The ongoing body of work, and the first day of my installation Hello World in the McNay exhibition Transamerica
Just over two weeks into the portrait process, at this point, I noticed that I’ve fallen into the rhythm of the paintings. Each stroke I am to take when rendering a facial landmark, where to start, and how to proceed. Each canvas I finish is placed aside and the next is prepared. Slowly, however, they are starting to take an emotional toll on me. Today’s self-portrait clearly illustrates my frustrations with me. Sometimes it can be hard to know where you stand.
I’m very well aware of what I look like and know what looks back when I gaze into the mirror. I can’t say that I’m very fond of the person looking back.
I can see how my facial features don’t exactly scream “female”. The nose, jawline, and prominent cheekbones all conspire against me. They serve to betray the sense of gender identity I try to portray to the world.
I know what the world around me thinks. To stand out as a trans person can be difficult. People will be patronizingly kind, sweet, rude, hostile, or just flat-out ignore me. Rarely do I feel like my identity as female is validated in genuine.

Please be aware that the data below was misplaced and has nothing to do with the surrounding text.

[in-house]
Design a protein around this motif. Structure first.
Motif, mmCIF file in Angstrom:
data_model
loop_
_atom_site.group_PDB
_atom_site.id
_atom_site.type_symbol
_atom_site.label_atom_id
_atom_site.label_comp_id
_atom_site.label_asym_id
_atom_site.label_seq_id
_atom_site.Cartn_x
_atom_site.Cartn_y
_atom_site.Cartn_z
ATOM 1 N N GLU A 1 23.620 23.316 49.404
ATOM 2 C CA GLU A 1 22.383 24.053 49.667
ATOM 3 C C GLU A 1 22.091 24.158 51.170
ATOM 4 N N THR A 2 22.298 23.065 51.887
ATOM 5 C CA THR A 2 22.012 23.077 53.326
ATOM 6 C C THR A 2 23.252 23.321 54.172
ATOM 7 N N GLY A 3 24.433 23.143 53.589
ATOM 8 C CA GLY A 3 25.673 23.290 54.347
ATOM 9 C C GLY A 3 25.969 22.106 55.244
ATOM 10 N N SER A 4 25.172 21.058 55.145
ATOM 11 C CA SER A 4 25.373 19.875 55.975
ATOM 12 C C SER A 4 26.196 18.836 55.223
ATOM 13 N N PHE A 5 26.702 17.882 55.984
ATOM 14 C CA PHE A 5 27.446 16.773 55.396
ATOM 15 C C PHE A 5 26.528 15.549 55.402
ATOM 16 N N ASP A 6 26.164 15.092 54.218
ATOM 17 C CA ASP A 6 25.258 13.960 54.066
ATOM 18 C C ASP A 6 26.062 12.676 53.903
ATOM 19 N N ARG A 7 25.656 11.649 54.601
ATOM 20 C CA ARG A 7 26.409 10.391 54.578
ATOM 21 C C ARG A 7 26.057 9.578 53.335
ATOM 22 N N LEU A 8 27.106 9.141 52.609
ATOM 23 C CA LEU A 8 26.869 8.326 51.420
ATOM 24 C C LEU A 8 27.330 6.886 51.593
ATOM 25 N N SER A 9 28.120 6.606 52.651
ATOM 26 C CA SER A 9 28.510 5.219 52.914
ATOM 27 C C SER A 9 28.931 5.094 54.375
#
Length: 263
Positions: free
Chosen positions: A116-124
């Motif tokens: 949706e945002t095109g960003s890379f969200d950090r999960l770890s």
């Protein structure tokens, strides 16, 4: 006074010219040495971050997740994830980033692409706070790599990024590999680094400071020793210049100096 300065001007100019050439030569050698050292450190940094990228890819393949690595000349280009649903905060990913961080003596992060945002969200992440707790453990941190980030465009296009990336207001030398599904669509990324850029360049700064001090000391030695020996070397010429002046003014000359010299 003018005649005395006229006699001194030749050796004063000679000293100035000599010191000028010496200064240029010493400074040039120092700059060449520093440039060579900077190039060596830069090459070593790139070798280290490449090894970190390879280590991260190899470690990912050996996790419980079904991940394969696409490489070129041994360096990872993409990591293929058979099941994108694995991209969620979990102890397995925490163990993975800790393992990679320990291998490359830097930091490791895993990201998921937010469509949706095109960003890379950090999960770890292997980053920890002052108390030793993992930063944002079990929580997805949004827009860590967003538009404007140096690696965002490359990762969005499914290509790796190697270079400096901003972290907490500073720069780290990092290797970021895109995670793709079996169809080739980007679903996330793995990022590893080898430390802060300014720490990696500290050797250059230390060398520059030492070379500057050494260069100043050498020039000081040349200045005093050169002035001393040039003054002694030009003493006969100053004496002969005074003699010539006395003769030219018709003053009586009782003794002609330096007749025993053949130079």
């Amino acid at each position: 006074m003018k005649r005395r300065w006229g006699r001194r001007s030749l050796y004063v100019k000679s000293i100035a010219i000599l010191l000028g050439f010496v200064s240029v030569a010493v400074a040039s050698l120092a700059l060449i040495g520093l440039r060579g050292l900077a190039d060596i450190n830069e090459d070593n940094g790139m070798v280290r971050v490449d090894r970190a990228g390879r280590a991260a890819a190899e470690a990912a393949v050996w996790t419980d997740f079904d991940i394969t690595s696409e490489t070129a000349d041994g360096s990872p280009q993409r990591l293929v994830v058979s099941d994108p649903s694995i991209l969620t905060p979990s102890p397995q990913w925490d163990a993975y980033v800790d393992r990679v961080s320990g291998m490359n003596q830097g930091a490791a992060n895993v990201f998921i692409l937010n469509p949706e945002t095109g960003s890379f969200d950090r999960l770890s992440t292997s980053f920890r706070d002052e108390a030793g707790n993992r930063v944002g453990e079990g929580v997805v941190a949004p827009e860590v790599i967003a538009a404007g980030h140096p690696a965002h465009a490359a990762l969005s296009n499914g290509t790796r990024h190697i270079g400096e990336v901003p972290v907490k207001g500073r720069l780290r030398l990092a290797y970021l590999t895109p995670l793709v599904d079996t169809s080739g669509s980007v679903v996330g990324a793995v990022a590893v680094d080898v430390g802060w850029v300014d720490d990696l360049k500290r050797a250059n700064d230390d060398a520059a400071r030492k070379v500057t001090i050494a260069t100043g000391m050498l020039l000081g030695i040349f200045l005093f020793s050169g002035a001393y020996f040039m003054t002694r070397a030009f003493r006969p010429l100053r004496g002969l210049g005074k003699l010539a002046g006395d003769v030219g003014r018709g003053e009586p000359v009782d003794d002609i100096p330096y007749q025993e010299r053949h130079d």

I know where I stand as a trans woman. No amount of chemicals will ever fix my jawline, reduce my broad shoulders, or fix my hips.
At this point in my work, and my transition, I was really struggling with that person in the mirror. Acknowledging myself like this validated the pursuit of these self-portraits.
Reconciling with the task of painting one’s self-portrait over and over again, confronting every single flaw that your eyes perceive in the mirror, would wear any person down, given enough time.
It was my greatest hope during all this that, somehow, along the way, I would learn to love myself. To be able to cast aside the dark clouds that seem to follow me from one reflection to the next endlessly.
This is my self-portrait oil painting number 17 in my series, Diary of a Trans Woman.
From my installation Hello World at the McNay Museum of Modern Art as part of the exhibition Transamerica: Gender, Identity, Appearance Today during the Summer of 2019.